Thursday, December 14, 2017


This post will hopefully persuade you train speed in it;ls proper fashion, or risk losing a lot of games in 2018.

Last night I was able to make my team's training to run the fitness stuff and I was also able to video the sprints to time each player to get a baseline time to improve upon.

What this post will show is the small but very big differences various levels of speed are and how they can implicate a game to the point of winning or losing.

I'll continue to harp on this speed thing until every footy club in Australia is training it correctly.

Here's the full video of a 10m sprint over 10m from one of the groups last night:

Right  now we;re going to focus on Mark, the bloke furthermost away from the camera and my good mate and fellow Sydney Swan follower Klompy, who hopefully won't crack the shits over this, closest to the camera.

Mark is a new player to the club and I only met home last night but you can clearly see he has pretty good to excellent speed. He tested the best by far last night but we have 2 other outstanding speedsters that I can't wait to time who weren't there last night.

Klompy is a South Yarra vet who was part of the thirds premiership last year.

This first image shows the initial take off of Mark and Klompy which occurs pretty such at the same time. Marks head is lifting up and Klompy's left leg has just come off the ground as you can see:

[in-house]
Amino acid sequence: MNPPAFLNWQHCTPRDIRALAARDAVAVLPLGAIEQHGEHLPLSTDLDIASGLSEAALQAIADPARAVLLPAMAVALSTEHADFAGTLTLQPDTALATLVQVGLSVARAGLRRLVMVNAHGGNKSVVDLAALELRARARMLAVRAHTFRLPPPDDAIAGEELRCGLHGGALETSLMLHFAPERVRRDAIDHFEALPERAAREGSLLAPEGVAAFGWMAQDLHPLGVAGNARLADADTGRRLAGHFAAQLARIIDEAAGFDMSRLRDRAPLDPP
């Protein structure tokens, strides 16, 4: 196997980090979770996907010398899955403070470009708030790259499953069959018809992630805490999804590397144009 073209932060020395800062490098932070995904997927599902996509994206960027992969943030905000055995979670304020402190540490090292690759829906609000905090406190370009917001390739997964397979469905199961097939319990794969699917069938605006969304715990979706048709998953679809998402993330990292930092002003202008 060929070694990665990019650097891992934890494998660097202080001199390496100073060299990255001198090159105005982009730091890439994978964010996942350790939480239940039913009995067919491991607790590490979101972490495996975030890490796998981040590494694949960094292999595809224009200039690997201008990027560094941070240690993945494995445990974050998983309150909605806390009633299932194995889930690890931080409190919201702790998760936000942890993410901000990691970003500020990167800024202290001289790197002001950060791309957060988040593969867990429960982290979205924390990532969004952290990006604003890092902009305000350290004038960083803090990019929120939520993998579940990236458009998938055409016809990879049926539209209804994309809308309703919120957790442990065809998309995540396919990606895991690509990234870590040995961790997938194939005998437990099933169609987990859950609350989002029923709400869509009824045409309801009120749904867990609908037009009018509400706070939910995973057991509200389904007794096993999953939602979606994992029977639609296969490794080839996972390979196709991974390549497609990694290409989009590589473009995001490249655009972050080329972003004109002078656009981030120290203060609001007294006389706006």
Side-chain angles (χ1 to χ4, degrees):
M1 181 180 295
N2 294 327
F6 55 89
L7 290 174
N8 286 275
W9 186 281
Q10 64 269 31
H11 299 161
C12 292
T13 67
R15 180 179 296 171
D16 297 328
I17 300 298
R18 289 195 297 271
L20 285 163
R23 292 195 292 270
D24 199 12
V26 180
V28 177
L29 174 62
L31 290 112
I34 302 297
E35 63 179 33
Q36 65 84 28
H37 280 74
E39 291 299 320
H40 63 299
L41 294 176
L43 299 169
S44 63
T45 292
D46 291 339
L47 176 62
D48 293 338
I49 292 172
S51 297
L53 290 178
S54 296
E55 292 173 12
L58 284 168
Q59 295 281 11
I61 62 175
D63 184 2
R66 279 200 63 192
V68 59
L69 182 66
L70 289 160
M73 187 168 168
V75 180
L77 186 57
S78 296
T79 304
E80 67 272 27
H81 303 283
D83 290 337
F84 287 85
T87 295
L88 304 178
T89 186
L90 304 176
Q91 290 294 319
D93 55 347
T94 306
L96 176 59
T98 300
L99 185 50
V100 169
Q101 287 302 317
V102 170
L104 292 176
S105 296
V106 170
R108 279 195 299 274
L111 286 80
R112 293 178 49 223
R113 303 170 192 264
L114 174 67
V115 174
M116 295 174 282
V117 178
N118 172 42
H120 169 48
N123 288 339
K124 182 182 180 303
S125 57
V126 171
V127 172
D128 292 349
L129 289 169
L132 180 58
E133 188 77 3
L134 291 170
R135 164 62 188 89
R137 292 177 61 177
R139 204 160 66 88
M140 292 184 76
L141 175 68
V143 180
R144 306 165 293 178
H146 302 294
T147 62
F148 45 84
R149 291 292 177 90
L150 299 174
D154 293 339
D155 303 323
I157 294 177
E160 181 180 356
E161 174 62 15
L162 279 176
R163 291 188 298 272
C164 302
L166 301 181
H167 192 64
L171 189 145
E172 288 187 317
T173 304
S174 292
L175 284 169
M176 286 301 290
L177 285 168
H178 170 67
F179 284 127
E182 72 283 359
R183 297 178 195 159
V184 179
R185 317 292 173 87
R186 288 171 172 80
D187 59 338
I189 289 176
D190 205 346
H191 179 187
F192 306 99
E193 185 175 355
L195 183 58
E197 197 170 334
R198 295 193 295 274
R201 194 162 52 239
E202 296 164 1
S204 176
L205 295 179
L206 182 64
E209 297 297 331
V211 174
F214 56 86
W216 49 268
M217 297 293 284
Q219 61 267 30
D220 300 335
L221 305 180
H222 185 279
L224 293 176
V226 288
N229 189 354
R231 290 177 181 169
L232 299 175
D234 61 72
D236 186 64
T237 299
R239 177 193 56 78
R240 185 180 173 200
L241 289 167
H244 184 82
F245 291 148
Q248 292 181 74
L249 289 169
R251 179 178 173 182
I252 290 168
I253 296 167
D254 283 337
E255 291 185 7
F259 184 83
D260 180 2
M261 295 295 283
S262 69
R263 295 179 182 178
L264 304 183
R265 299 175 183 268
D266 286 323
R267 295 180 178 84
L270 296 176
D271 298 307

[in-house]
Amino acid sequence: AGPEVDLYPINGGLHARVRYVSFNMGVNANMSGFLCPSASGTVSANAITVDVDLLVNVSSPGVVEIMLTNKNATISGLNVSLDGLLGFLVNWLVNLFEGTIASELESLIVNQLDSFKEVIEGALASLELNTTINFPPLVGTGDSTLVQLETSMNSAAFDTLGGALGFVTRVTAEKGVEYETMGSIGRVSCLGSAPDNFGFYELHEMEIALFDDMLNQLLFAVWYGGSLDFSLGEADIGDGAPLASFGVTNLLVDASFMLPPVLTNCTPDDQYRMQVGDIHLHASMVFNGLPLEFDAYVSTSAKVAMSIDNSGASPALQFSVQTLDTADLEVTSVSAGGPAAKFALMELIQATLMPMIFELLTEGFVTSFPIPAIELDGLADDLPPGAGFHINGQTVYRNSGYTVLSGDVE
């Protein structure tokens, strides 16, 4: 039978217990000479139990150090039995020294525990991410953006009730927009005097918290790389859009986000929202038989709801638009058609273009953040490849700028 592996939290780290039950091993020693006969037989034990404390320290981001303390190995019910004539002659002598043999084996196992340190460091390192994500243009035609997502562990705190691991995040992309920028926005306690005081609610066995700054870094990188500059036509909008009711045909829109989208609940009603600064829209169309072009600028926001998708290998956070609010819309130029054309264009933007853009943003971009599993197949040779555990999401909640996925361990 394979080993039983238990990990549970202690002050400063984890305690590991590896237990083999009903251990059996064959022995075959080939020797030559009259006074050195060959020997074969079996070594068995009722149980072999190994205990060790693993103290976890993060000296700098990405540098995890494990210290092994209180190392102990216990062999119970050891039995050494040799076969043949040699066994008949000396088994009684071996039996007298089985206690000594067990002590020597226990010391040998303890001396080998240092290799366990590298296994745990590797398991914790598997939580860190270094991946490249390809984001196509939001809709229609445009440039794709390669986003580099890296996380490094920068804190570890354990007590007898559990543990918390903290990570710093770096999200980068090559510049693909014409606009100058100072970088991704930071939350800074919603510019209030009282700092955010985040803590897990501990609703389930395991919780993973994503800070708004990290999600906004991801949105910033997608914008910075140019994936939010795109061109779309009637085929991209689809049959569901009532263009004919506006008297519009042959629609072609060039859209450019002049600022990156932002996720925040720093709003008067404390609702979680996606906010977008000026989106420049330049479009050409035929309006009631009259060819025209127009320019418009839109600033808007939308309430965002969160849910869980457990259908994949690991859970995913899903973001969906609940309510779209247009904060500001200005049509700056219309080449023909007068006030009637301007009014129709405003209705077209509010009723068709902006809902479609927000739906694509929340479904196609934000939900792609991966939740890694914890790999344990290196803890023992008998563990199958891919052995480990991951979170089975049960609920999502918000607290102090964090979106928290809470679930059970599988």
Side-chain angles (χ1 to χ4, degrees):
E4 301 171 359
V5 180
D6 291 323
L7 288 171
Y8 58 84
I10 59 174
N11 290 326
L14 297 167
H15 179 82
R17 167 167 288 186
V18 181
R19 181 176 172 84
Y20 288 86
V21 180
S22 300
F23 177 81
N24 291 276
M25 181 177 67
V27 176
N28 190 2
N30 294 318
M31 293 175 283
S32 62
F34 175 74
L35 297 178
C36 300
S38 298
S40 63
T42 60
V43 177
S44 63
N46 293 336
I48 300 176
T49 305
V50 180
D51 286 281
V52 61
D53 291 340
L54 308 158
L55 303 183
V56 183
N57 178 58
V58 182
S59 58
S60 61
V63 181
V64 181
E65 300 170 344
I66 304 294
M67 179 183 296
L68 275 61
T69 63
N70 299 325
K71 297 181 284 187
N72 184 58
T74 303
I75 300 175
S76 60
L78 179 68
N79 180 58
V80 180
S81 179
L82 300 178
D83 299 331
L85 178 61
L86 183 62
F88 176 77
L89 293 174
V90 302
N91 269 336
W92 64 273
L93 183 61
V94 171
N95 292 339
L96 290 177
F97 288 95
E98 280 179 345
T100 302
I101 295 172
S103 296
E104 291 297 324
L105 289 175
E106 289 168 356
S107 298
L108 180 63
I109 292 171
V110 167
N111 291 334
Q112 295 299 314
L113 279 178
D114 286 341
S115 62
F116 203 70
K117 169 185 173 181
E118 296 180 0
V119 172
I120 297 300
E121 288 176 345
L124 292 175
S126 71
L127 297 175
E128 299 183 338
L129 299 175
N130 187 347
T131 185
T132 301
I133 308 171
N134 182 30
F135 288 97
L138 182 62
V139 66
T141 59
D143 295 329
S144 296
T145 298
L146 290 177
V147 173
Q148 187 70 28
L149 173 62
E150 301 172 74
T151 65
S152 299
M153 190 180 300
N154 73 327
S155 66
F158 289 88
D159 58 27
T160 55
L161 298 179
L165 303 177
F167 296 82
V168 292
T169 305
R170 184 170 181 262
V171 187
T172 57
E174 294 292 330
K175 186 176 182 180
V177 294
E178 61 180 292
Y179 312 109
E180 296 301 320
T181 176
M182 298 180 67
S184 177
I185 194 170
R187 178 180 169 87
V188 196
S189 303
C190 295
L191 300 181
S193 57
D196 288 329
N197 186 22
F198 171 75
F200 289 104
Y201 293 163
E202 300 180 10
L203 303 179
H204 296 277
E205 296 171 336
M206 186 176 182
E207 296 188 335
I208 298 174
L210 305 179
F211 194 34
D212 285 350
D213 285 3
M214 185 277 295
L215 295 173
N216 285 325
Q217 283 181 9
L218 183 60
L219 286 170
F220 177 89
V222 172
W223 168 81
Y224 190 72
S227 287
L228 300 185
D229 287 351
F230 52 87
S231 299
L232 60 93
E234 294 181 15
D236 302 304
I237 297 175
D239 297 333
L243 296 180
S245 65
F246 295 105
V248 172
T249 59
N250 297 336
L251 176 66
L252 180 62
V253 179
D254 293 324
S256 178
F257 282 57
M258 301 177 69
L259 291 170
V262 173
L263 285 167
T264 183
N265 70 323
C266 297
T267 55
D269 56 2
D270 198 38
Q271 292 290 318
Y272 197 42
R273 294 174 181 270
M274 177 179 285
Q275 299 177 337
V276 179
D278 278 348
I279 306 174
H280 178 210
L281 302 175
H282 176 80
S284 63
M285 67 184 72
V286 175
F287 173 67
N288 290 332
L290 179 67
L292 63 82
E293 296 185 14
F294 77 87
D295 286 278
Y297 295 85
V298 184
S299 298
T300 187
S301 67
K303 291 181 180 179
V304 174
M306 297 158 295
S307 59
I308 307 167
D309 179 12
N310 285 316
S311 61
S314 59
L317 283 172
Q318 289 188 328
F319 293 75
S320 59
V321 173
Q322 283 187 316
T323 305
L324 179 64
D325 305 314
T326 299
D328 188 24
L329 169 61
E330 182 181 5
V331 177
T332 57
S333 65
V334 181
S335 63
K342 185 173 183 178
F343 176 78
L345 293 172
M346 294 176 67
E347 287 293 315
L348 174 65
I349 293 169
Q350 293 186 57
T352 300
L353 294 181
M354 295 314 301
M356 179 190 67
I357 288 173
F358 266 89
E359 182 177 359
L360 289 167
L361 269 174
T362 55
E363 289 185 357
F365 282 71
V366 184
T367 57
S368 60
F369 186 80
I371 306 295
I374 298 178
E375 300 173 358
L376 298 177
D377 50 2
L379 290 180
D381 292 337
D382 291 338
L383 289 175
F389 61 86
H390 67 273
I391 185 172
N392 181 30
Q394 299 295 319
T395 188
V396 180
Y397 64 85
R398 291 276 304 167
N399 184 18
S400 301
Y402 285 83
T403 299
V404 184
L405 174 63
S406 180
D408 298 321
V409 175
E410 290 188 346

Every time there is a loose ball to get, a lead to perform or a player to chase, you accelerate.

Every. Single.Time.

This shows the footy is essentially a game of repeated acceleration bouts mixed with some longer runs.

Surely underpins the importance of high speed acceleration and if it doesn't I don't know what to tell you.

Look what happens after Marks first 5m segment:

Mark is way ahead of the pack hitting the 5m mark in 1.22secs, well ahead of premiership hero Klompy.

Even in as little as5m or 1.22secs, Mark has put 1.5 - 2m on Klompy.

Premiership Medal wearing Klompy has reached the 5m mark in 1.65secs which isn't the worst time you'll fond by far, but Mark still holds a 1.5 - 2m lead over him which shows that if you can accelerate hard and fast immediately, you'll rarely get overtaken.

Mark crosses the 10m line in 1.93secs and Klompy may have fallen a little bit further behind between shots, but he has a medal and I don't.

He may have won a grand final but this is no grand final sprint and Klompy finishes the 10m in 2.38secs.

The tape looks like this:

5m Times - Mark 1.22secs / Klopmy 1.65secs

10m Times - Mark 1.93secs / Klompy 2.38secs

Second 5m Segment - Mark x .71secs / Klompy .73secs

With Klompy also equalling Mark's 5 - 10m time, this surely now shows you that the initial steps in your acceleration are the most important as that is where Mark had the advantage in this set.

With only a 1.5 - 2m or .43 of a second advantage, look at the extra time and space you can get on your opponent giving far more time to maintain high skill and/or make the correct decision .

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